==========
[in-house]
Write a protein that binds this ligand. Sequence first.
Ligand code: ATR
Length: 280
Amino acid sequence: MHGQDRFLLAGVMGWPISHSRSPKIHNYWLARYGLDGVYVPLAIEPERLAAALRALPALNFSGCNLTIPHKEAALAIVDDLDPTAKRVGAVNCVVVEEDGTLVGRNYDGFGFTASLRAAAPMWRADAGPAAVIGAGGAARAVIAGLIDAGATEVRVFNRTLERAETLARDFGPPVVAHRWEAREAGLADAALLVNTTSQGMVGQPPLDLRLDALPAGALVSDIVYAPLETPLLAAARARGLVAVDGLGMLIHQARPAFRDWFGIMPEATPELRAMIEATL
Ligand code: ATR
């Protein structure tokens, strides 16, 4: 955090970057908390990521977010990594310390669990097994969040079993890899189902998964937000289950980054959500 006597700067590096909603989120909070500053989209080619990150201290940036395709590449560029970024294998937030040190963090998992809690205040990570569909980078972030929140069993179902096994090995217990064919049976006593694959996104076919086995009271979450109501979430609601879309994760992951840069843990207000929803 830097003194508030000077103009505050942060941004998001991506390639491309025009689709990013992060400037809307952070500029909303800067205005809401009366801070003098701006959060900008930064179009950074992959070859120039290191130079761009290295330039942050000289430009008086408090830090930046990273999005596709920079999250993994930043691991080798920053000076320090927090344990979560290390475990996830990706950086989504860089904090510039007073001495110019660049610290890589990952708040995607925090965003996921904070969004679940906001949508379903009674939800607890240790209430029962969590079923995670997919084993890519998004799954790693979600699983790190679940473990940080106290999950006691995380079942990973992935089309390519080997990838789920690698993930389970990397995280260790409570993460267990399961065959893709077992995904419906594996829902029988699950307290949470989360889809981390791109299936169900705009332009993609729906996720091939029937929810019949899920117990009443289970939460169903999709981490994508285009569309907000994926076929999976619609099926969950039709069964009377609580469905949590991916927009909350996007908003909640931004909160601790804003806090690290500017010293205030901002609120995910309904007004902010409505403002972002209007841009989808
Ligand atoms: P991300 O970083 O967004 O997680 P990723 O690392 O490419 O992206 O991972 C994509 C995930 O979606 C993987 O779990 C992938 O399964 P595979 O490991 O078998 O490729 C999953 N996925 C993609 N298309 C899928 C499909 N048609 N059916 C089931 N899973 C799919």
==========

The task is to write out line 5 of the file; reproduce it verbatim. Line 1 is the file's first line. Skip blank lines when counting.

Amino acid sequence: MHGQDRFLLAGVMGWPISHSRSPKIHNYWLARYGLDGVYVPLAIEPERLAAALRALPALNFSGCNLTIPHKEAALAIVDDLDPTAKRVGAVNCVVVEEDGTLVGRNYDGFGFTASLRAAAPMWRADAGPAAVIGAGGAARAVIAGLIDAGATEVRVFNRTLERAETLARDFGPPVVAHRWEAREAGLADAALLVNTTSQGMVGQPPLDLRLDALPAGALVSDIVYAPLETPLLAAARARGLVAVDGLGMLIHQARPAFRDWFGIMPEATPELRAMIEATL